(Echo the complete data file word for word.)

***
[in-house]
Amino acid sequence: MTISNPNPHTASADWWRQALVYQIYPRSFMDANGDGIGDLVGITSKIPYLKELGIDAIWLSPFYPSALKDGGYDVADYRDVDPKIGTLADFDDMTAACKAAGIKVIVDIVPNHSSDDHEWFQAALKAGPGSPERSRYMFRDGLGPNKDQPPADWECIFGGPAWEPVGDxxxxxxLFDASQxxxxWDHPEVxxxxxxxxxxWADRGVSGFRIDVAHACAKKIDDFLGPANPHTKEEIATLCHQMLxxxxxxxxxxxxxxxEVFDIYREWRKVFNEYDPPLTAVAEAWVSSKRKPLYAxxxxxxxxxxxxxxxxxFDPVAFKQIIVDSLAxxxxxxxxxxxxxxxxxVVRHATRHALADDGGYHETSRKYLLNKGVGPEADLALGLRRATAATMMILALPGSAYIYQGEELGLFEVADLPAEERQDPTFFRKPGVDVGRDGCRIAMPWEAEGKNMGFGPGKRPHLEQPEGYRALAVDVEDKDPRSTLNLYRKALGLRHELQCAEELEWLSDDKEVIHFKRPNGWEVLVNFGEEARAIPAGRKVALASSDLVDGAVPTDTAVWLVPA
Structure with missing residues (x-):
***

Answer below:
[in-house]
Amino acid sequence: MTISNPNPHTASADWWRQALVYQIYPRSFMDANGDGIGDLVGITSKIPYLKELGIDAIWLSPFYPSALKDGGYDVADYRDVDPKIGTLADFDDMTAACKAAGIKVIVDIVPNHSSDDHEWFQAALKAGPGSPERSRYMFRDGLGPNKDQPPADWECIFGGPAWEPVGDxxxxxxLFDASQxxxxWDHPEVxxxxxxxxxxWADRGVSGFRIDVAHACAKKIDDFLGPANPHTKEEIATLCHQMLxxxxxxxxxxxxxxxEVFDIYREWRKVFNEYDPPLTAVAEAWVSSKRKPLYAxxxxxxxxxxxxxxxxxFDPVAFKQIIVDSLAxxxxxxxxxxxxxxxxxVVRHATRHALADDGGYHETSRKYLLNKGVGPEADLALGLRRATAATMMILALPGSAYIYQGEELGLFEVADLPAEERQDPTFFRKPGVDVGRDGCRIAMPWEAEGKNMGFGPGKRPHLEQPEGYRALAVDVEDKDPRSTLNLYRKALGLRHELQCAEELEWLSDDKEVIHFKRPNGWEVLVNFGEEARAIPAGRKVALASSDLVDGAVPTDTAVWLVPA
Structure with missing residues (x-):